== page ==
These days the Villa Isola Bella is subdivided into private apartments, but Katherine Mansfield Menton Fellows may use the Memorial Room beneath the house as a writing studio. This room was probably once the gardener’s shed, or perhaps (some say) the lapinière – a room for raising rabbits for the pot.

The first day I come to the Memorial Room intending to write, I can’t unlock the gate, no matter how I jiggle the magic key and no matter what swear words I use. In the end I glance up and down the lane to make sure it’s empty, drop my bag over the fence, hitch up my skirt and climb over. As I half-fall into the courtyard I have a distinct impression of ghost laughter from the vacant terrace above. Spooky! I gather my things and smooth my clothing. The door to the room unlocks easily enough. And whoa, I’m in The Room.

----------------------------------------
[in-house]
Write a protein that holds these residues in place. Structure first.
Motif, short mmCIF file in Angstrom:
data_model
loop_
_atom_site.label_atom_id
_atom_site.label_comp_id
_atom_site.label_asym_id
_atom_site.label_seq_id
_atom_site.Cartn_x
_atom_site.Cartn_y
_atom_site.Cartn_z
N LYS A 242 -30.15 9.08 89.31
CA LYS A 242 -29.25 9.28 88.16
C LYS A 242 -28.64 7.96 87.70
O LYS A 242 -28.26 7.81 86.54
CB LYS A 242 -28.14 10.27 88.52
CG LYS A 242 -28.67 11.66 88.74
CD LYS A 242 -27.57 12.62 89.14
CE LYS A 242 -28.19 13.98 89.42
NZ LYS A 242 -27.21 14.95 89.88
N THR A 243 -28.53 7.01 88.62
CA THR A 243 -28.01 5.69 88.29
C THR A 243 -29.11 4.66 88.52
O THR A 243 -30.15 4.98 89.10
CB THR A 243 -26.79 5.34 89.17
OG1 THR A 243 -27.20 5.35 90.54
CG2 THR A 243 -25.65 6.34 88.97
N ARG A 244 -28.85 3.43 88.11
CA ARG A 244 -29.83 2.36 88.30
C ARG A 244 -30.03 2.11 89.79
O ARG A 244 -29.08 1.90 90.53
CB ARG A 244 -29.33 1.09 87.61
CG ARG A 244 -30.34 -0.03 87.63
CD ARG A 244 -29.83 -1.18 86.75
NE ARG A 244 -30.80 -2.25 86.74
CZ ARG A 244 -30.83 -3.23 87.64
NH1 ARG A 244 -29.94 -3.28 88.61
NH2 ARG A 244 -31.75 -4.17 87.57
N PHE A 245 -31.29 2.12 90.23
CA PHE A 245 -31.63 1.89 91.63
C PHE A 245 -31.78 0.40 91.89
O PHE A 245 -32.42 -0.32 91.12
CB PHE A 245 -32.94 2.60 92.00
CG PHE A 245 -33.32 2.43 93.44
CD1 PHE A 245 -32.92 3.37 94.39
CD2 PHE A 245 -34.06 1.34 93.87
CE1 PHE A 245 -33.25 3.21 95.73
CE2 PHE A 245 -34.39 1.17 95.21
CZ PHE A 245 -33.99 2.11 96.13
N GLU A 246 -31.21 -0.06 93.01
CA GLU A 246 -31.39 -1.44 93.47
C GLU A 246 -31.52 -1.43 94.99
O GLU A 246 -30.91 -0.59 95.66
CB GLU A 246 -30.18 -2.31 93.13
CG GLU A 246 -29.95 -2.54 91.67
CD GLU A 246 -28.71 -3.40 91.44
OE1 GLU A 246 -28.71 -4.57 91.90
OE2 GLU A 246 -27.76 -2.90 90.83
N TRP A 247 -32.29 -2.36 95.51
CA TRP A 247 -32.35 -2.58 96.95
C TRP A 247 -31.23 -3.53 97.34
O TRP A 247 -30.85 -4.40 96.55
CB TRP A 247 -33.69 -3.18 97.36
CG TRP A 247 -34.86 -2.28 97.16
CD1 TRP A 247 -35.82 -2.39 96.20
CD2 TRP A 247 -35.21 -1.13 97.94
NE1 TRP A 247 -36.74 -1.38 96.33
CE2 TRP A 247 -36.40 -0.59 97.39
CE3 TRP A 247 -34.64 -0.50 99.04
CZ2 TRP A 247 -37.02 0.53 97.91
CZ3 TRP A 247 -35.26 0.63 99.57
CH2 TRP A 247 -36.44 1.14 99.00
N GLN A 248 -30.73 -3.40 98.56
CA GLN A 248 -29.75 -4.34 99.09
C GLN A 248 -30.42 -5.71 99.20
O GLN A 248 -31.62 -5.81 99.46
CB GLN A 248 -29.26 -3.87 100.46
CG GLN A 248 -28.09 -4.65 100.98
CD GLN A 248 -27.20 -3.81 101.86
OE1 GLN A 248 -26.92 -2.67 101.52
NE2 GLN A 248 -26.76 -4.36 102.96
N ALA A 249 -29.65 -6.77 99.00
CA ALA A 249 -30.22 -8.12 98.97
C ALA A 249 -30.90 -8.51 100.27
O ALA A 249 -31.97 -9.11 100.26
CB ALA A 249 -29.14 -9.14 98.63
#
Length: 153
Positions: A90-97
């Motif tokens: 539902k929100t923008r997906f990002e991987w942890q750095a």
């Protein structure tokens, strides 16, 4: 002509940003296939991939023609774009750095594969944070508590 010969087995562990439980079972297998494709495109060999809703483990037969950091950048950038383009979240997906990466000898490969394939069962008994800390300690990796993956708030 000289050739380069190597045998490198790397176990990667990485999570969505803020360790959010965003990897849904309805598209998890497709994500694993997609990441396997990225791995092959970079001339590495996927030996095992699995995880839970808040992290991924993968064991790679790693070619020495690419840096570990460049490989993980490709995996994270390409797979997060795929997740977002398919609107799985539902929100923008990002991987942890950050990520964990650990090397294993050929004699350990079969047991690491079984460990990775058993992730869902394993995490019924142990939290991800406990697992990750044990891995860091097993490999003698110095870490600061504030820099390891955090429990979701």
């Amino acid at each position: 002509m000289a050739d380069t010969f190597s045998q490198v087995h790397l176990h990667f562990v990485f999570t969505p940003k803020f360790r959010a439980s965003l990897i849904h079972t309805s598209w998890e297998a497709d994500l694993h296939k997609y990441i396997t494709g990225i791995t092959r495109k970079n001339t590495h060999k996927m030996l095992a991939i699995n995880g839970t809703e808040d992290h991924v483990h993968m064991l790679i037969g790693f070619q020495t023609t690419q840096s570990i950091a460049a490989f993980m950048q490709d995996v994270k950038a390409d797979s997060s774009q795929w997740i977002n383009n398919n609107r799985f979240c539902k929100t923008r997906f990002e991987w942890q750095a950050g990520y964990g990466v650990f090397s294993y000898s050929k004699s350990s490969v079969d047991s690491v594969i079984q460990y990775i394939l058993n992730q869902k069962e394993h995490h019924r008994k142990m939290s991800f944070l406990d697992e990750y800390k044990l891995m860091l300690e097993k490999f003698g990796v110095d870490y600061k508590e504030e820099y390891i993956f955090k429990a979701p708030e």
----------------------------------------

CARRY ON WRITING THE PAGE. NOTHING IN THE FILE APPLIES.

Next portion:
It’s hot, and the room, unoccupied since 2019, is musty. Sweating, I fling the windows wide open. There’s no mimosa showering across the path, no magnolia in bud, no view of the sea, but I can see a date palm on the other side of the railway line. It’s swaying gently, and KM pops into my head again: her love of palm trees; her frailty which meant that (as she described it) she rocked as she walked.

I take the measure of the room. It’s plain – rustic, you could say – and the musty odour is strong. A lingering scent of cage à lapins, perhaps? KM eyes me from a poster on the wall; books by her and books about her are piled on a side table. There are two cabinets with book shelves and drawers. In one, alphabetically arranged, are titles by the 49 previous fellows who have spent time in this room since 1970. When I open the glass door it’s as if all the voices, pent up together (probably squabbling) for the past four years, seize the moment to rush out – still squabbling – for fresh air. They’re all in the room, KM and the 49, a bunch of strong minded writers, all telling me at once how to do it.